I presume the stove is an extra for a dayhike, since a regular hike would have stoves. If I take a stove on a day hike, it is either a supercat or a 250g propane-butane canister. For a winter outing, an extra stove is basic risk management, not something extra for the leader to carry.

    I always carry a cup anyway.

    Finger saw? Have you ever tried using one of those things? They don't work, then they break. About the lightest saw you should ever bother with is a folding pruning saw.

    Cocoa and gatorade and jello? Glucose tablets (like diabetics carry) and some salt should be enough for an emergency. Mix and match as needed.

    Matches and a lighter. And a spare lighter in a ziplock.

    Why do you need a heavy space blanket? The first aid courses use them, but if you need to improvise a litter, you have someone's pack to cut apart. Maybe their tent, too. Sacrifice the injured person's gear first.

    I carry an ultralight bivy sack because I hate night breezes. I've fantasized about it as emergency gear, but never needed it.

    I carry small trash bags, those are for trash as well as for vapor barriers, occlusive dressings, etc.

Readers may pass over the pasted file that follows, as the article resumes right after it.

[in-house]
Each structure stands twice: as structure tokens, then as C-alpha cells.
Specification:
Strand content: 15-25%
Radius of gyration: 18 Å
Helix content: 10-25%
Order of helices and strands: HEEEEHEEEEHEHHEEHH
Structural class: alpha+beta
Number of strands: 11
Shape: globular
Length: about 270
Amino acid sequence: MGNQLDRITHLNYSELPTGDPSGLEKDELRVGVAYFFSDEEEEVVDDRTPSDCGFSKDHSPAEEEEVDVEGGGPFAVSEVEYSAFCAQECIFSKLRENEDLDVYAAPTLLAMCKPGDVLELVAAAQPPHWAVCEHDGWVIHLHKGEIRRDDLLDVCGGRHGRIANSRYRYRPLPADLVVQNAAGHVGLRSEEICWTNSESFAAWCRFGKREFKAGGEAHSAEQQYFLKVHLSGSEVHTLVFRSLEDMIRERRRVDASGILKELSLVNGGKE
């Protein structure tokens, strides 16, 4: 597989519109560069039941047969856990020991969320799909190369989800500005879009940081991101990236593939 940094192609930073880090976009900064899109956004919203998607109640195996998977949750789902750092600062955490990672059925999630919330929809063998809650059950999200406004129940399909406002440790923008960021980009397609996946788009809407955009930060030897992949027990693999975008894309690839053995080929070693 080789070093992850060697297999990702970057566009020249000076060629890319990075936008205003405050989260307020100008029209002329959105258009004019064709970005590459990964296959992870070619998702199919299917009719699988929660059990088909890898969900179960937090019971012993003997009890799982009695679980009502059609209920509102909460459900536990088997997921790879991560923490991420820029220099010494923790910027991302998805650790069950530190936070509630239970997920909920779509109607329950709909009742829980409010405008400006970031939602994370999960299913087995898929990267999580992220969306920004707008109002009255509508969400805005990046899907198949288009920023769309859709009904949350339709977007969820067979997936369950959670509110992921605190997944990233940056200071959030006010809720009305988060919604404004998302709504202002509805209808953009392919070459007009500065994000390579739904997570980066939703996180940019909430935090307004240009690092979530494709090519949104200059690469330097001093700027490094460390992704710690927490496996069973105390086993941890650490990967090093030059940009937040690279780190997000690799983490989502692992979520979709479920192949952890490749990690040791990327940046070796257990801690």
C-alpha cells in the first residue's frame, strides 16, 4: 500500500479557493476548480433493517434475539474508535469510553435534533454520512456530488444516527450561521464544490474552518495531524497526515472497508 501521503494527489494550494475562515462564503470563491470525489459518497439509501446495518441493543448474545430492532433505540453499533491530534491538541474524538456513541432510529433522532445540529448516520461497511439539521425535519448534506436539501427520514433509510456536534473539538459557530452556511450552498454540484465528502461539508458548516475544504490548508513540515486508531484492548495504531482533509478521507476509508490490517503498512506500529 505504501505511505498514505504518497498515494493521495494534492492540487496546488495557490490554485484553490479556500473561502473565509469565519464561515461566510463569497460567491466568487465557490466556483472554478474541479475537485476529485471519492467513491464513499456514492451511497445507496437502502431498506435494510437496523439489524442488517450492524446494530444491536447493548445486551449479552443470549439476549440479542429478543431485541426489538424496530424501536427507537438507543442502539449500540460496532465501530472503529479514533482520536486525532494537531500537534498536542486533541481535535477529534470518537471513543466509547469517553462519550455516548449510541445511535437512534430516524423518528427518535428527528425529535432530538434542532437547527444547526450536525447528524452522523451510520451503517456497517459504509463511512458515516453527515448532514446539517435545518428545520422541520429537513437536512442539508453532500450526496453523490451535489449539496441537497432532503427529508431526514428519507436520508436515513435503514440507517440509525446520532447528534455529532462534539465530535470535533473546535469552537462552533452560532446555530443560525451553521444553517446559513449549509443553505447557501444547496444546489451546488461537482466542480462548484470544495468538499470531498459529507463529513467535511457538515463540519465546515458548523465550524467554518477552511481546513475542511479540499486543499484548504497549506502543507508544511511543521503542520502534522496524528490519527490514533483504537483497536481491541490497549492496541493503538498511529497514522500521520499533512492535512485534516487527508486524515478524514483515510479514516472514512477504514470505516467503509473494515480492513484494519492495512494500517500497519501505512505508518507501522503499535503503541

Saline solution? See "salt", above.

    You can get sterile wash by overdosing with the chlorine dioxide water treatment you are already carrying. An overdose will make it sterile in less than 15 minutes and you'll have extra ions left over for cleaning.

    Cravats? The person you splint will not be changing clothes, you can cut up their extras for cravats. Or use strips from their cut up pack. It is also OK to abandon stuff you can't carry out. This is an emergency and life is more important than property.

    What do I carry that you don't?

    I carry two Sam Splints. Those are danged hard to improvise in the wild.

    Chapstick is mostly petroleum jelly and is a good firestarter when rubbed on something to serve as a wick. I've used toilet paper, but a bandana would work, too.

    I've used Chapstick to treat chafing when I forgot the bodyglide. I was careful to keep the "crotchstick" in a different pocket, though.

    A properly stocked and replenished crew-sized first aid kit, with a small manual. This includes most of the non-prescription meds mentioned above.

    A small file is not a bad idea. I know someone who carries trauma shears and a ring cutter, but they carry a big first aid kit.

    Radio? I'm beginning to think a satellite phone is the minimum standard of care on an extended trip. You may need to deal with non-evacuation emergencies, like reporting a wildfire.

  39. I always carry dental floss and a couple of needles. A small needle and regular thread for more traditional repair sewing. A large needle for stitching with floss. It’s tough cord, so it can be used to repair all kinds of things. Plus you can clean your teeth!